To understand the totality of reality, you can either understand everything or understand nothing. If you try to understand everything, you will fail. The sum of all human knowledge will not give you an understanding of everything. If you try to understand nothing, you will reach enlightenment but won’t have anything logical to say about it. Some Western religions have something to say about this through writings by their mystics, but mostly they ignore the whole idea. To really understand enlightenment, it will be necessary to explore Eastern religions.

The Psychology of Balancing

The most direct interest psychology takes in balancing is correcting imbalance. If you have a clinical psychological disorder, you should be getting professional one-on-one help. On the other hand, if you only detect a minor disturbance in the force, self-help books and websites may be all you need. The Motivational and Personal Development articles on this site try to help with this kind of imbalance.

A deeper balancing is addressed by developmental psychology. Specifically, the analyses of the stages of life. This is similar to the philosophy of essence and existence.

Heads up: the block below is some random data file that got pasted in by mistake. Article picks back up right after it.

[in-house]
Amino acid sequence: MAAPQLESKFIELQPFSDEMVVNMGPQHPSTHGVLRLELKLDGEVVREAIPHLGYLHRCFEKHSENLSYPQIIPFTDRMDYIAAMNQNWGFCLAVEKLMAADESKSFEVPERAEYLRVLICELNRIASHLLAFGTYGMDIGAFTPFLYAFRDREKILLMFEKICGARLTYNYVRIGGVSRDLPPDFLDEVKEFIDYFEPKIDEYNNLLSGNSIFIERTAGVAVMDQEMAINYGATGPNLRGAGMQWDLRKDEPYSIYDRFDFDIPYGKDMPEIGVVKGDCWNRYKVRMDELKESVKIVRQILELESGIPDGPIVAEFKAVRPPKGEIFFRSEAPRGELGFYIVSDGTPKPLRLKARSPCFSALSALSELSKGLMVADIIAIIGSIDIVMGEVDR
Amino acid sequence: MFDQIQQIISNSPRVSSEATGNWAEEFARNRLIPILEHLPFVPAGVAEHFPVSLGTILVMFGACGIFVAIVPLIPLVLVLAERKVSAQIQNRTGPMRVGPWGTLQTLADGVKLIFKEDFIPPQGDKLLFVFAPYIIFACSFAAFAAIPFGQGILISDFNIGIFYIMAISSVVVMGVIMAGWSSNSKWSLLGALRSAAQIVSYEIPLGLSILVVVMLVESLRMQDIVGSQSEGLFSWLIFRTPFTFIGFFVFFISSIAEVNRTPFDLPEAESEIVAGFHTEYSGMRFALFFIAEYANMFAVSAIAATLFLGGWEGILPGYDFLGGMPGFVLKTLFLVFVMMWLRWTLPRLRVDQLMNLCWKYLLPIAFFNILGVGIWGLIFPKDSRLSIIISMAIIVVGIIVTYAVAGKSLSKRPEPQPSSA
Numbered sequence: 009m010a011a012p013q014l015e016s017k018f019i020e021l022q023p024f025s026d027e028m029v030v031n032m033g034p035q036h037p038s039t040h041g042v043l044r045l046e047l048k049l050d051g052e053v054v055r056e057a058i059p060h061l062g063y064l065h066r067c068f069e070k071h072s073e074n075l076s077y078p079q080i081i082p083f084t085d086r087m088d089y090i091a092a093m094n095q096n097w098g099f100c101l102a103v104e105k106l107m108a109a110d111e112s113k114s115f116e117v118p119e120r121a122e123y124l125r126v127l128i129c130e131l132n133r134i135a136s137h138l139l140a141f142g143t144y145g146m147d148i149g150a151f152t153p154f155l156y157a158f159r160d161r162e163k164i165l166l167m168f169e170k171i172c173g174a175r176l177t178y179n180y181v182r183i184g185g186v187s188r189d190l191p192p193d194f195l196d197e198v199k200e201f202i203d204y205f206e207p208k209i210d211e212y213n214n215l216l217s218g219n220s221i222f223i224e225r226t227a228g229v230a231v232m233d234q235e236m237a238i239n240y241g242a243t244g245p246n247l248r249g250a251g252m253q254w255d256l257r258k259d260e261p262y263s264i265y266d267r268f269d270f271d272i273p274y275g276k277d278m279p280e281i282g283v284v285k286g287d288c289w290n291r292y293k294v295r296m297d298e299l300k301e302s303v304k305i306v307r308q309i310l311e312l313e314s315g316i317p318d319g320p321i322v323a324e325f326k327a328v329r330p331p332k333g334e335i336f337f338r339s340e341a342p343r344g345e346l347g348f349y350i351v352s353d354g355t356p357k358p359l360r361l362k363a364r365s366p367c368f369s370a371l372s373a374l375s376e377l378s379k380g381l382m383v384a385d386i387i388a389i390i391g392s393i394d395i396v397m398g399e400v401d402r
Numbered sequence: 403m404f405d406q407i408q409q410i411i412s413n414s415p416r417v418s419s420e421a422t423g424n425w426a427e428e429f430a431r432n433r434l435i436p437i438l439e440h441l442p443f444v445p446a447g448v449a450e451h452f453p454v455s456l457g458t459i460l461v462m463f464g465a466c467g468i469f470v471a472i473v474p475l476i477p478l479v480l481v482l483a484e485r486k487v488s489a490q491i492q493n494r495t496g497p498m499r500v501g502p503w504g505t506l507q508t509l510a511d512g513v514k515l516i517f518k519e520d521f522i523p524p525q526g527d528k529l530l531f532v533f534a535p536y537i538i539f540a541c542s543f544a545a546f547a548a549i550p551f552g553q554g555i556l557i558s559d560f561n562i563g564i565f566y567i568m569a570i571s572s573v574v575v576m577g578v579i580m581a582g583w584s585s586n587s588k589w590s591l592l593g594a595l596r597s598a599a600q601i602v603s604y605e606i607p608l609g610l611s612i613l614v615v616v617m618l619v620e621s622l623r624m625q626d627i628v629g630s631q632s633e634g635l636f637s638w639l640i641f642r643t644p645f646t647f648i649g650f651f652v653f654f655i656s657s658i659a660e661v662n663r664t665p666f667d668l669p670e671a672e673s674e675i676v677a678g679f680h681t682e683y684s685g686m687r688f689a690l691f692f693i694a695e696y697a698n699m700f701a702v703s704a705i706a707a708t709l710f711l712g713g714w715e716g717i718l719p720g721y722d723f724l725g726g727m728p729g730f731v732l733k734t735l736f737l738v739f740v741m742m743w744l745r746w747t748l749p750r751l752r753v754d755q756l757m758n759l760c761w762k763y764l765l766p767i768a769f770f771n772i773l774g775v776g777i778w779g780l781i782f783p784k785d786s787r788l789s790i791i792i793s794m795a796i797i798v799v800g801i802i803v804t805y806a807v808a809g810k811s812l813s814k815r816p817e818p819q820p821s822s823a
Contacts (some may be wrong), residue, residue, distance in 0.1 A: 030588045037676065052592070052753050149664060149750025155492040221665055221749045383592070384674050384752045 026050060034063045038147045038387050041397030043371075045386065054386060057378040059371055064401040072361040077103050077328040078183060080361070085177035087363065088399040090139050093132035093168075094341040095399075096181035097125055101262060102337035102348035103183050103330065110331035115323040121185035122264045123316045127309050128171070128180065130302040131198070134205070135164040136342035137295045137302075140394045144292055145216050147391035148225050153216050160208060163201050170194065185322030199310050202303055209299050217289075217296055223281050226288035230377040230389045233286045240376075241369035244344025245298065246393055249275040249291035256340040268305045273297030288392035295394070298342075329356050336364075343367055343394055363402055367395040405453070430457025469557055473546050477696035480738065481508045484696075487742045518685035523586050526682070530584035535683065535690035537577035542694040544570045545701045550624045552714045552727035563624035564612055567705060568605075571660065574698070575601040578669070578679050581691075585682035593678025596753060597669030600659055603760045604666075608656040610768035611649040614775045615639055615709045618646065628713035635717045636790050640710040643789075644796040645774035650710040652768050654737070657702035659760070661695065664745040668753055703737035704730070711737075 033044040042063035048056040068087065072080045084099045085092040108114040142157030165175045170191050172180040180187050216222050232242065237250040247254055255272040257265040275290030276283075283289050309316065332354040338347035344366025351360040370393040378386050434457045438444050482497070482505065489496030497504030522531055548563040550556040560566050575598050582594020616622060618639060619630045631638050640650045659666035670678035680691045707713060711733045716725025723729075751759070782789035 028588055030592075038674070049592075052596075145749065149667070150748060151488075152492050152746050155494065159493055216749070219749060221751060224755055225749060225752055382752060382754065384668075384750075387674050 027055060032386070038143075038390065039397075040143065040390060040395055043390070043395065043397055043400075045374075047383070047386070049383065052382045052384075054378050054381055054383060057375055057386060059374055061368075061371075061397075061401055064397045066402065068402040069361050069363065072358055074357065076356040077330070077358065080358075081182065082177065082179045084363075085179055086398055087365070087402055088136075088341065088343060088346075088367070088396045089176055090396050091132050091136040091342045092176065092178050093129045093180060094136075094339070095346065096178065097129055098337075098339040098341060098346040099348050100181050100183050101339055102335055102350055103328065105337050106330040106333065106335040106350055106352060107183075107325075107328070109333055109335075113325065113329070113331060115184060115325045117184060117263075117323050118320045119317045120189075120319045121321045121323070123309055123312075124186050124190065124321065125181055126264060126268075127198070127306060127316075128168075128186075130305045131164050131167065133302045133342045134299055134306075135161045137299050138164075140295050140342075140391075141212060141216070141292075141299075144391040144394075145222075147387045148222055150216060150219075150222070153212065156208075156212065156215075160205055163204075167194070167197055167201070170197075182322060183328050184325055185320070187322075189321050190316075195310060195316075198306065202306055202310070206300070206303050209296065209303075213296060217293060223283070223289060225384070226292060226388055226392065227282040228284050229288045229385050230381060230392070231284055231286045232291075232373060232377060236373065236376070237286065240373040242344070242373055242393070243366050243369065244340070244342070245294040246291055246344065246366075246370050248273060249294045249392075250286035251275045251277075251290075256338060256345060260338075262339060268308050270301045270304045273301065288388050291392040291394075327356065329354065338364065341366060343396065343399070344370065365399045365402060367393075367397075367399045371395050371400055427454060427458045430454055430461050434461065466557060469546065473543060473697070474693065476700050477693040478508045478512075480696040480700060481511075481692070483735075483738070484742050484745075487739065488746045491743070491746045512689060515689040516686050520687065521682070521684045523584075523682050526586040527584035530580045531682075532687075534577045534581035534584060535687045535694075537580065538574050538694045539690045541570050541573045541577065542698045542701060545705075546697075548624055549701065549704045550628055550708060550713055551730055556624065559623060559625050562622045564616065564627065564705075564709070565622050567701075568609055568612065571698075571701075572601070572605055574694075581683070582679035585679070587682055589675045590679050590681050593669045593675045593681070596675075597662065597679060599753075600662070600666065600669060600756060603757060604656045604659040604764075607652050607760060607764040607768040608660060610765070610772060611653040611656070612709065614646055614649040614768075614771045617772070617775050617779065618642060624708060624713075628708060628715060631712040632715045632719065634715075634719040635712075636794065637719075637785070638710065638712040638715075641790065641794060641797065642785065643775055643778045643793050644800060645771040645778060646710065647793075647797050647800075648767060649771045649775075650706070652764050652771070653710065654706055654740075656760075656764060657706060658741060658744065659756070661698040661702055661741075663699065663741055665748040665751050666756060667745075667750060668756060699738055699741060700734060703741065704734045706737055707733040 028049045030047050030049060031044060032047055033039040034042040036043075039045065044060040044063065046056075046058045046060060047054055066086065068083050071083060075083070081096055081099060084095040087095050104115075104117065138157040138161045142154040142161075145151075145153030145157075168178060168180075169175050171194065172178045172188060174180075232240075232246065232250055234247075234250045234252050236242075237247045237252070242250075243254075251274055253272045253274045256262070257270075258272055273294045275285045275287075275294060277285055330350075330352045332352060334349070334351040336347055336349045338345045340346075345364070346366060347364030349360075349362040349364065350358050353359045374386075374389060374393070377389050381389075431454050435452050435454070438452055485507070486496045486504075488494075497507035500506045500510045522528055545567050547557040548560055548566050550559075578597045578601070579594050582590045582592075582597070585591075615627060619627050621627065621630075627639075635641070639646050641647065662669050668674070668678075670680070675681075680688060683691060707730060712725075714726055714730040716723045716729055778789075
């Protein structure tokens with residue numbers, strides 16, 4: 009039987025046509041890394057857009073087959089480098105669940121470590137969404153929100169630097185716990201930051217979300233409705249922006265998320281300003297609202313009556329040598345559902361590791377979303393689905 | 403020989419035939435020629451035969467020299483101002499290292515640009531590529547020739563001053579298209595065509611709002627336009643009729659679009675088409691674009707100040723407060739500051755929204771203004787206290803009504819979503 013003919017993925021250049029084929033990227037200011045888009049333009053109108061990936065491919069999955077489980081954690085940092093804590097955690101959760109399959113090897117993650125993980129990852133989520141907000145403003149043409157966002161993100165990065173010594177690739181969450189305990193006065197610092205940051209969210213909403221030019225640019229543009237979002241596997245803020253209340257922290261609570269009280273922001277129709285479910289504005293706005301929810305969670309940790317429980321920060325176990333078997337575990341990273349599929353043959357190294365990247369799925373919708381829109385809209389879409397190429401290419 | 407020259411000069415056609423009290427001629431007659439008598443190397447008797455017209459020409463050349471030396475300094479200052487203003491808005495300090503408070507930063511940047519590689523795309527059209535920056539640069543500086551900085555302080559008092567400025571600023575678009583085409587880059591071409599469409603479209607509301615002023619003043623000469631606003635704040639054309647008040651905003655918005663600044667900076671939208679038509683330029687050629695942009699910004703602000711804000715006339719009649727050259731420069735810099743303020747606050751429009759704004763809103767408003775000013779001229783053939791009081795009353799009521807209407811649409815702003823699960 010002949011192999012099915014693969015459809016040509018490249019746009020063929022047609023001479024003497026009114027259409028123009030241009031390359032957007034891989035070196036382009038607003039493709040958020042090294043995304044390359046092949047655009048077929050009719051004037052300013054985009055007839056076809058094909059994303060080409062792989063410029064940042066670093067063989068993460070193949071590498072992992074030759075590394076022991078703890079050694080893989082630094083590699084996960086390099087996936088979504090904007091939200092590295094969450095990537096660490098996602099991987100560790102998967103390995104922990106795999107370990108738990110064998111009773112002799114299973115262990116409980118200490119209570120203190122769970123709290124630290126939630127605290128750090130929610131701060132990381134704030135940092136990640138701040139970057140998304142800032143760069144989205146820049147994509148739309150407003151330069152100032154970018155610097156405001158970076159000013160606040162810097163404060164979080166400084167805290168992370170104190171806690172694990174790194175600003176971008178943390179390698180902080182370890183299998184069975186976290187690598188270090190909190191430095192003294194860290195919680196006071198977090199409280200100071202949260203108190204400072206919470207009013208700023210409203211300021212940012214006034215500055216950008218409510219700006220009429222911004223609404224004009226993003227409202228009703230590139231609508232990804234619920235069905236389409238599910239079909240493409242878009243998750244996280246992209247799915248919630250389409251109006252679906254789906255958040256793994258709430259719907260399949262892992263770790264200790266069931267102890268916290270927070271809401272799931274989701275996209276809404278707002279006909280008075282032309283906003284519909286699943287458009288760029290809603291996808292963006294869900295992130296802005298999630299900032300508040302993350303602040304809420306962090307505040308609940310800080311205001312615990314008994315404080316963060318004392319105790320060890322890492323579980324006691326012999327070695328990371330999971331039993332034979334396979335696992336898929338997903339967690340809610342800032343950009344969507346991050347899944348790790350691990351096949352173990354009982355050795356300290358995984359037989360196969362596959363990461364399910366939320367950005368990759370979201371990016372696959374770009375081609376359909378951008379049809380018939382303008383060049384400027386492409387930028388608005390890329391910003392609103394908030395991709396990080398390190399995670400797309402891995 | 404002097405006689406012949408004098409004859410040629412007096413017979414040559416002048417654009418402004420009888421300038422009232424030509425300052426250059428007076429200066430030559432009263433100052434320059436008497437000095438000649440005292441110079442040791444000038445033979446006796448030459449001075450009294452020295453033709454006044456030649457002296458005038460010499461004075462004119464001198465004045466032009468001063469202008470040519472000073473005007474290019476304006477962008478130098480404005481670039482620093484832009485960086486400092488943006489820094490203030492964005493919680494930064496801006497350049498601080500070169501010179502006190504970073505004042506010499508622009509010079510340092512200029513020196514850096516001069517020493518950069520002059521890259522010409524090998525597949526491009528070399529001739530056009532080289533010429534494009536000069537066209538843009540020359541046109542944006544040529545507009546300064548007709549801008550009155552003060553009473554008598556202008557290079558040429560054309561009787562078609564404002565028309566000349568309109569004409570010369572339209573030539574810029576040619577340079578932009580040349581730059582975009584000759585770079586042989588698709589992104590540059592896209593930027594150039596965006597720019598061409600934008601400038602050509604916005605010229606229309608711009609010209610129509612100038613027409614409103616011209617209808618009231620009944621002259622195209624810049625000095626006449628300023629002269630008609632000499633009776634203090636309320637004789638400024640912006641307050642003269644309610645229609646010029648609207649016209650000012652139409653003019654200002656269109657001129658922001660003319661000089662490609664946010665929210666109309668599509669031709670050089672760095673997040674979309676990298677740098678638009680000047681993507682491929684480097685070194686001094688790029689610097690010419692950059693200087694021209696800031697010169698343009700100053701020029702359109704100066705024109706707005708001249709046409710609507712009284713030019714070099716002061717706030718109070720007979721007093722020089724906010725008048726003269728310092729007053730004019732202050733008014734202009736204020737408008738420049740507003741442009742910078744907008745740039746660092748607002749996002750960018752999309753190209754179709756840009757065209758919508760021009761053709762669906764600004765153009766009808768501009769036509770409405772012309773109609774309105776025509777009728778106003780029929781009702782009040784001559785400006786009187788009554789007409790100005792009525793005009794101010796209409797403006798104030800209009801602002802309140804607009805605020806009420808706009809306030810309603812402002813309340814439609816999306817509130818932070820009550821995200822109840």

Children live in a stable world. Choices are made for them by their parents and other caregivers. Even if those choices make their life a hell on earth, their world appears stable because there is nothing they can do to change it.

Adolescents live in an unstable world. At some time before age 26, or not at all in some cases, physical, intellectual and emotional maturity develop. They rarely develop in unity and the growing freedom seems more like chaos to the person who was a child not long ago. This thrashing around in existence on a search for the adult self appears immature to observers. Anyone who deals with group social events can tell you that groups of 10 year olds seem more mature than groups of 15 year olds. Why is that?

Adults have made their choices for a career, spouse, social life and leisure interests. They have returned to stability and are more mature than children because they have made their own choices. Adolescents are viewed as immature because they are in a stage of life that is all about change. Change is required for growth. Without the chaos of adolescence, a person would remain a child and live a life imposed by others.

Mid-Life Change is a repeat of the adolescent stage. When this change is not planned, it is a Mid-Life Crisis and a person can seem as immature as a teenager while they’re sorting out the chaos and creating a new life for themselves. Planned life change is much smoother and leads to a higher level of maturity as a person increases their knowledge and skills.